Divorce can therefore be a component for some to improve their lives and find greater happiness. The joy a person may have experienced when they were first married can fade as issues and unresolvable problems develop between spouses. Though it is never easy, a divorce can be an important tool to guiding a person back to the positive life they once expected to live.

Considering the benefits of executing a prenuptial agreement

Although some Florida residents may dismiss prenuptial agreements as unnecessary, it is a good idea for anyone who is planning to get married to educate themselves on what prenuptial agreements can and cannot do for their financial interests. There are some considerations people may want to keep in mind to decide if a prenuptial agreement is right for them.

First, a person should look at their premarital wealth and property holdings. If a person plans to enter a marriage with substantial personal wealth and many valuable assets, they may wish to execute a prenup to formalize and document the property that is and will remain theirs in the event that their union ends in divorce. The same should be done with regard to premarital debts; a person who marries someone with substantial debts may not want any liability for those if the marriage fails.

Did your spouse commit marital waste?

It is extremely frustrating to deal with a financially irresponsible spouse. Reckless disregard for finances and property may reach heightened proportions when the marriage begins to unravel. If your spouse has been recklessly spending your money and misusing assets, is there anything you can do? The answer is yes, and this behavior is called marital waste.

Can a non-custodial parent abduct their own child?

Child custody disputes can be intense. While some parents are able to put their differences aside and make good choices about the health and welfare of their shared children, others cannot get past their disagreements with their former partners and, instead, take actions that may be detrimental to their kids. Parents in Florida can be accused of abducting their own children if their actions violate the custody and visitation agreements and orders that govern their family relations.

A case of parental abduction can have different legal ramifications. The matter may find its way into the criminal courts if the parent is charged with kidnapping. It is almost always also a civil matter, as parents may need to make significant changes to their operating custody orders and agreements to stop similar instances of abduction from happening again.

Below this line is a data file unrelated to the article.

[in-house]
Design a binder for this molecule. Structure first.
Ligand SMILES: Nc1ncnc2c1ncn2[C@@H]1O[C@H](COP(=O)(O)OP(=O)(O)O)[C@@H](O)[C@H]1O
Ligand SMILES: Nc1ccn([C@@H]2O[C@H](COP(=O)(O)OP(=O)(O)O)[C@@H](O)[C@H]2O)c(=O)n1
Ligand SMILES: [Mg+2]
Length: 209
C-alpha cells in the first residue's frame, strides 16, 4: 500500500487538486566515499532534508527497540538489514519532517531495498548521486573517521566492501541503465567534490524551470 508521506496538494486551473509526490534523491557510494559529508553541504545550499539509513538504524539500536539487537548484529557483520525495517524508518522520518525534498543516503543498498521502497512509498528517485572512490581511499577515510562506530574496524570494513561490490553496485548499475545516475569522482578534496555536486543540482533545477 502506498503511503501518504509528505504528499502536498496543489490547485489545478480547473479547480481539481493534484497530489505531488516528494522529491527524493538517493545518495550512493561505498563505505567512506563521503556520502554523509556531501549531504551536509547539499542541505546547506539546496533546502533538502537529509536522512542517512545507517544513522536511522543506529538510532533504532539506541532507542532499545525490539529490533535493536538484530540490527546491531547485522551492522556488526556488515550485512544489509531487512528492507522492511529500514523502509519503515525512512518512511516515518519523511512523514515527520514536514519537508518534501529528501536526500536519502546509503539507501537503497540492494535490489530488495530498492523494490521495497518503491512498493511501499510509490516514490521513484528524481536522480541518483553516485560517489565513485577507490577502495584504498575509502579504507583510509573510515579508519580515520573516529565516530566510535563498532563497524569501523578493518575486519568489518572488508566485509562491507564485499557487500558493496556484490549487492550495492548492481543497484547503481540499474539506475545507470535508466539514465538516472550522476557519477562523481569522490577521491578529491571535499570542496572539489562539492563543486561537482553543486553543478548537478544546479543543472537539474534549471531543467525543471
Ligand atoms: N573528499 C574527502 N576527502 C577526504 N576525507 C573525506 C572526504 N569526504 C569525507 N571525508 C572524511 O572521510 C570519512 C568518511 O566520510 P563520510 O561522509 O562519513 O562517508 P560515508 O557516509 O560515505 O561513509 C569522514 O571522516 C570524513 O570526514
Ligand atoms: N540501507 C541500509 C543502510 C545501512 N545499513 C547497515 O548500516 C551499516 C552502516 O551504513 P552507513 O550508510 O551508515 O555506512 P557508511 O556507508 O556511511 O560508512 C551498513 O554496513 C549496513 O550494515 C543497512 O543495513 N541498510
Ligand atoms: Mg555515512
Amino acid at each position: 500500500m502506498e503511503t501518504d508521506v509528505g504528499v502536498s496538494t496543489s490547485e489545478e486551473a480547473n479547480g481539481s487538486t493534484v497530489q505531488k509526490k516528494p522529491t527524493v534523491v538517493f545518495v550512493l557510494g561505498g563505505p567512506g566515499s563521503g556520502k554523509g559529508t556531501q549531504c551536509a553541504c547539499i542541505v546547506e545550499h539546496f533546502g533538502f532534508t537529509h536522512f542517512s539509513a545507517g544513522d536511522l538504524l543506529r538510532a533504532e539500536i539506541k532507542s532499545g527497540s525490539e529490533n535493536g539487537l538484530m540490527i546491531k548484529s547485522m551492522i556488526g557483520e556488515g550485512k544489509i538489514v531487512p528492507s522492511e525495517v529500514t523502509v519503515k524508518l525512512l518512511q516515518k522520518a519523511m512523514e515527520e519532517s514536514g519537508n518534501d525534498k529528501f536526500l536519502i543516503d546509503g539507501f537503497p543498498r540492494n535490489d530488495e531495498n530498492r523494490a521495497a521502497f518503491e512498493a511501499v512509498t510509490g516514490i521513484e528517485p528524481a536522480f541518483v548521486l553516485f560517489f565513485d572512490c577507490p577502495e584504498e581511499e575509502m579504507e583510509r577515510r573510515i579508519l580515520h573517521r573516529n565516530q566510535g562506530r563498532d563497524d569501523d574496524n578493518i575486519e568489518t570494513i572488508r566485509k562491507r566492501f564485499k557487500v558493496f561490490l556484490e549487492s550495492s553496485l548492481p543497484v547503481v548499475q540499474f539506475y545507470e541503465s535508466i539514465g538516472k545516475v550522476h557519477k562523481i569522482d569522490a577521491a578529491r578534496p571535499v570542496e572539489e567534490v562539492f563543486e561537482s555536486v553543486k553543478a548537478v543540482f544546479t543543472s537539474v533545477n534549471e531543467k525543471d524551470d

Why is my spouse claiming that our prenup is unfair?

A prenuptial agreement is a contract that two people enter into when they decide that they want to be married. As with all contracts, Florida residents who desire to create prenuptial agreements should ensure that their interests are represented and protected in their documents before they sign them and make them binding. Certain factors that may be present during the course of the creation of a prenup may, however, subject it to challenges of fairness should the partners to the couple later choose to divorce.

One way that a prenup may be deemed unfair is if one of the party's fails to disclose all of their assets to the other at the time the prenuptial agreement is drafted. A person who hides assets from their future spouses may be considered to be acting in bad faith and on this assertion their prenup may be deemed invalid by a court.

Understanding a parent's obligation to pay child support

Child support is an important obligation that exists between a parent and their child. In Florida, a parent may be required to pay child support if they do not have physical custody of their child. As has been discussed previously on this blog, physical custody concerns where a child lives and which parent is responsible for the child's day-to-day needs.

In the event that a child's parents separate or divorce, a court will need to determine where that child will end up living. If the court decides that the child will split time between the households of the parents, then neither parent may be required to pay support, as each will be responsible for their child's needs when the child is in their care. It is when one parent is given physical custody and the other parent is not involved in the daily maintenance of the child's needs that child support may become relevant.